I went outside to grab the jumper cables for my friend. She quickly broke the silence, "You really like this guy?"
"I think so," I said. "There's so much to this, though…. But maybe it's good for me to be treated well?"
"Absolutely. After everything you've been through, you need to know what that feels like. So what's the hang-up?"
"You know how I'm going back to school to be a counselor?" She nodded. "I'm taking a class that deals with issues children may be facing." I opened my garage and began looking for the cables. "One of those issues is divorce. I've heard that over a third of children, with a single mother who's dating, will end up being abused."
"Yeah." I'd located the jumper cables and handed them to her. "I just need to be careful. That last guy I was dating, The Schmuck, he wasn't very good to my kids."
"I hated that guy. And I hate that I know his sister-in-law."
They'd gone to high school together and had talked in the following years. I kind of hated it that they knew each other too—sometimes small towns suck!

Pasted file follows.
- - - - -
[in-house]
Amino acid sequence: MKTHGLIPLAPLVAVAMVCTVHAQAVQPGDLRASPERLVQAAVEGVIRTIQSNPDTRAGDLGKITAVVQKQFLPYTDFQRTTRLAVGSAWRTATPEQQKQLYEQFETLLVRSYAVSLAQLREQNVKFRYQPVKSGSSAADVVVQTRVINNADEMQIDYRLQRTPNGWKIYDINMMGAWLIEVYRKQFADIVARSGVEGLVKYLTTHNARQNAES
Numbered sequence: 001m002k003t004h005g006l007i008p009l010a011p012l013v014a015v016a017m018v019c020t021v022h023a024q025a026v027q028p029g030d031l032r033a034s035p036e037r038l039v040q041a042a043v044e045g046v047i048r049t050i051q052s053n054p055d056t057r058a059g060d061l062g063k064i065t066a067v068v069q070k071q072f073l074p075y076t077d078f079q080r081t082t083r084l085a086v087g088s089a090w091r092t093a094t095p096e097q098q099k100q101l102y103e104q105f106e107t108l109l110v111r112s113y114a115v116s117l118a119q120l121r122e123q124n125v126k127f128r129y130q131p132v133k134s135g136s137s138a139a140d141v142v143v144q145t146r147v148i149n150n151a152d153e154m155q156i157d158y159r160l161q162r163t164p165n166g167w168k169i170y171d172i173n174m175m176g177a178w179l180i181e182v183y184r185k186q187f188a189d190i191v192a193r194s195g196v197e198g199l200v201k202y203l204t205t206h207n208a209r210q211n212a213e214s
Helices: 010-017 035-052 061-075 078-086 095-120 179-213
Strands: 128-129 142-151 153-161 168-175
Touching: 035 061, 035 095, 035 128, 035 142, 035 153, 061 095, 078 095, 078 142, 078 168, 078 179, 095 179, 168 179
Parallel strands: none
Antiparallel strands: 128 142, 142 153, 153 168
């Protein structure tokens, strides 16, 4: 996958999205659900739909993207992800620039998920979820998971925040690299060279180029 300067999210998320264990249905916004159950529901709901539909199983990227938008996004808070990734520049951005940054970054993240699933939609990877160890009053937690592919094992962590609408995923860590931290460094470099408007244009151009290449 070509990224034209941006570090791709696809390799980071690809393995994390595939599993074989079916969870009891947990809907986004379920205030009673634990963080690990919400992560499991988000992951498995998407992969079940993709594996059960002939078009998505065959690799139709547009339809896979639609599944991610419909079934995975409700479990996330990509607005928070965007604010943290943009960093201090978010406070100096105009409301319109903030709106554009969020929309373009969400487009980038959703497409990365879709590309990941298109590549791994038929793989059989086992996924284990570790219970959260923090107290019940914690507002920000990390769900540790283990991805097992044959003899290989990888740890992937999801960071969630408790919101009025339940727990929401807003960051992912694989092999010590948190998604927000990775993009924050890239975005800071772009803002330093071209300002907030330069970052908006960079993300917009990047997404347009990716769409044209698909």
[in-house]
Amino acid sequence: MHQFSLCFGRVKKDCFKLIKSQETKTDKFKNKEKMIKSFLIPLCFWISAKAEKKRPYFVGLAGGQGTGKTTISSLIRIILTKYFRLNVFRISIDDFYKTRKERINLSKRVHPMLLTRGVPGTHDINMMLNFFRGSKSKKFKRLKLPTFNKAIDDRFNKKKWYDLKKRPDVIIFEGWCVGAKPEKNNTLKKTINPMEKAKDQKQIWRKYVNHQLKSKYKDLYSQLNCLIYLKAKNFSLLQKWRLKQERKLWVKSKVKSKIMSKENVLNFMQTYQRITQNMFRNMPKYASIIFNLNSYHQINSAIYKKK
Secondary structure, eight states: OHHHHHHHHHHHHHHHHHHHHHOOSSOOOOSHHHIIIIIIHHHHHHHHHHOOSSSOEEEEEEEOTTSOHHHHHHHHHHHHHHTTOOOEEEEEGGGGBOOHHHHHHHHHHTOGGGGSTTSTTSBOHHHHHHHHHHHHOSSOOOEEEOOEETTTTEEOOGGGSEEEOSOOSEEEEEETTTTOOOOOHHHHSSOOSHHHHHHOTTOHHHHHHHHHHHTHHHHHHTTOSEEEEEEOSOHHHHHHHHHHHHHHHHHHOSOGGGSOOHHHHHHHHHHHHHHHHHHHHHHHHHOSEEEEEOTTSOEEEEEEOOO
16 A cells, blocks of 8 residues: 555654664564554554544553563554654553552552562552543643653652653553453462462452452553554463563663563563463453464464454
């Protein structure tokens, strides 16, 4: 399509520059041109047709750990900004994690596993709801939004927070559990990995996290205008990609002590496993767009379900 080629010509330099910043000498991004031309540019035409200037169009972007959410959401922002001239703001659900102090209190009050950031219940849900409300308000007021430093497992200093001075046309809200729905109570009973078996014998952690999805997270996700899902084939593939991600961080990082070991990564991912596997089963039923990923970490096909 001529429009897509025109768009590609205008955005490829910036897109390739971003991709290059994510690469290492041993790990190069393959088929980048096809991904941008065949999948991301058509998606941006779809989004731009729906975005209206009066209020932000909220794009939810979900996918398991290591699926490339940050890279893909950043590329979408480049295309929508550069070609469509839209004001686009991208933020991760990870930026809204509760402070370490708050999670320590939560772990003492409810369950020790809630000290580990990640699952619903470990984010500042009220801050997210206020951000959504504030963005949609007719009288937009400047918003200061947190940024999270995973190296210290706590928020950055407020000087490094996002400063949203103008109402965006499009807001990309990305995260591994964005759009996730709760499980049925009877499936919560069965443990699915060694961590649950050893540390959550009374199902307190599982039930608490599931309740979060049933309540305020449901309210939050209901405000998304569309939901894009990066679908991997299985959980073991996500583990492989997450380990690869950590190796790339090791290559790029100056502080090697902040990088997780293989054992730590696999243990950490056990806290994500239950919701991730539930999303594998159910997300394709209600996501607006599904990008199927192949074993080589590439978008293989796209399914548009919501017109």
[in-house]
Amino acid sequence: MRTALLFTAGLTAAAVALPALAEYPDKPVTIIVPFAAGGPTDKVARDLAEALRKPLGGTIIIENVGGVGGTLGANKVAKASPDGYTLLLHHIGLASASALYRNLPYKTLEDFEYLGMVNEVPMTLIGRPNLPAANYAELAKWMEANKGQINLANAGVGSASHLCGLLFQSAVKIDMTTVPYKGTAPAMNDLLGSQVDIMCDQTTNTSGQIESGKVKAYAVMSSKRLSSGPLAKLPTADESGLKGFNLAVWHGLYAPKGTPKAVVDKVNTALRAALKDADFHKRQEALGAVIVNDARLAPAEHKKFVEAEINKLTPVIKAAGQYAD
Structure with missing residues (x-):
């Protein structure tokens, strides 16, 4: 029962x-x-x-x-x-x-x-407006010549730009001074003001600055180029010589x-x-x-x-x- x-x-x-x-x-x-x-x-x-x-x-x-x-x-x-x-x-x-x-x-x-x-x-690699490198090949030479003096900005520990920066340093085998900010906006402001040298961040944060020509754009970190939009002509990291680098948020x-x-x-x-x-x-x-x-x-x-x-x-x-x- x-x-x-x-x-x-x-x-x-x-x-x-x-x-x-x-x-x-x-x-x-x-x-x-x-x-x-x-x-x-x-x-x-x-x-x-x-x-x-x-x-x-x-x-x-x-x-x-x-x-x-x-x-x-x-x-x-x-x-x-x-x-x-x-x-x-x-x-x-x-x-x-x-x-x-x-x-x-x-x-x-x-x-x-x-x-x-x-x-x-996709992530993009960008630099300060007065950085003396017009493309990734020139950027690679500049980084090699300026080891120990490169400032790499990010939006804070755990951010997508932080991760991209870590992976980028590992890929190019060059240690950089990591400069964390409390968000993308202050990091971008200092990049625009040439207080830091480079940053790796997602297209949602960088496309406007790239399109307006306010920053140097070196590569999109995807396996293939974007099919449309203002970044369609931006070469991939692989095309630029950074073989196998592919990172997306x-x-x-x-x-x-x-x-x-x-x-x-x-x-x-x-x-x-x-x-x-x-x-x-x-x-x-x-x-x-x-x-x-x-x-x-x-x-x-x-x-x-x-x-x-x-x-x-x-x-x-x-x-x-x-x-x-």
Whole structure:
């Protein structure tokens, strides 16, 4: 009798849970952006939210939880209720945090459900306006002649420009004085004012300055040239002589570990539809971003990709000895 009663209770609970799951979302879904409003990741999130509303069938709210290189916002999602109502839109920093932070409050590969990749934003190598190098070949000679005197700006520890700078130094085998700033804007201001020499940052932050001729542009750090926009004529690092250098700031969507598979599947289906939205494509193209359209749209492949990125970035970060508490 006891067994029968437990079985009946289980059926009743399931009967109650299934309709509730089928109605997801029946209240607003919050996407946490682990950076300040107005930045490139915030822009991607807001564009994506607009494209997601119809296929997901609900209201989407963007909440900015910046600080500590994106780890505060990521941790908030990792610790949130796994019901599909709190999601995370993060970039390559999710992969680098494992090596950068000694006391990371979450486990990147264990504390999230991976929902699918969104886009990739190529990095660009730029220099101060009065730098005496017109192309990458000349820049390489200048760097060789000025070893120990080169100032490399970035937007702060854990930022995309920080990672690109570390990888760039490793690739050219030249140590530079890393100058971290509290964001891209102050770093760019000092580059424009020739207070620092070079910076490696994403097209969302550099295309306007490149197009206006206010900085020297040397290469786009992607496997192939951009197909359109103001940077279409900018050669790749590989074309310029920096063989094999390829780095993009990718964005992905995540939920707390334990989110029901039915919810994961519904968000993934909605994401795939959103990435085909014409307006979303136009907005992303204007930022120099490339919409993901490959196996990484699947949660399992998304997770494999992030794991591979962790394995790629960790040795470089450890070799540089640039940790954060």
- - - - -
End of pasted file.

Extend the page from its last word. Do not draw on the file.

"But this guy, Mark, he's good with kids?" she asked.
"Yeah," I nodded.
Before walking down the block to her house, my friend acted as if resolved to say something. "Gina?" she asked. "I don't want to tell you this, but about The Schmuck…. I'm in a mother's group with his sister-in-law. She found out we're friends. Now she, and The Schmuck's wife, have been messaging me on Facebook asking about you, wanting to know if I've seen The Schmuck's truck over here. I know you haven't even talked to him in a long time, but just be careful, thing whole situation could be on Jerry Springer."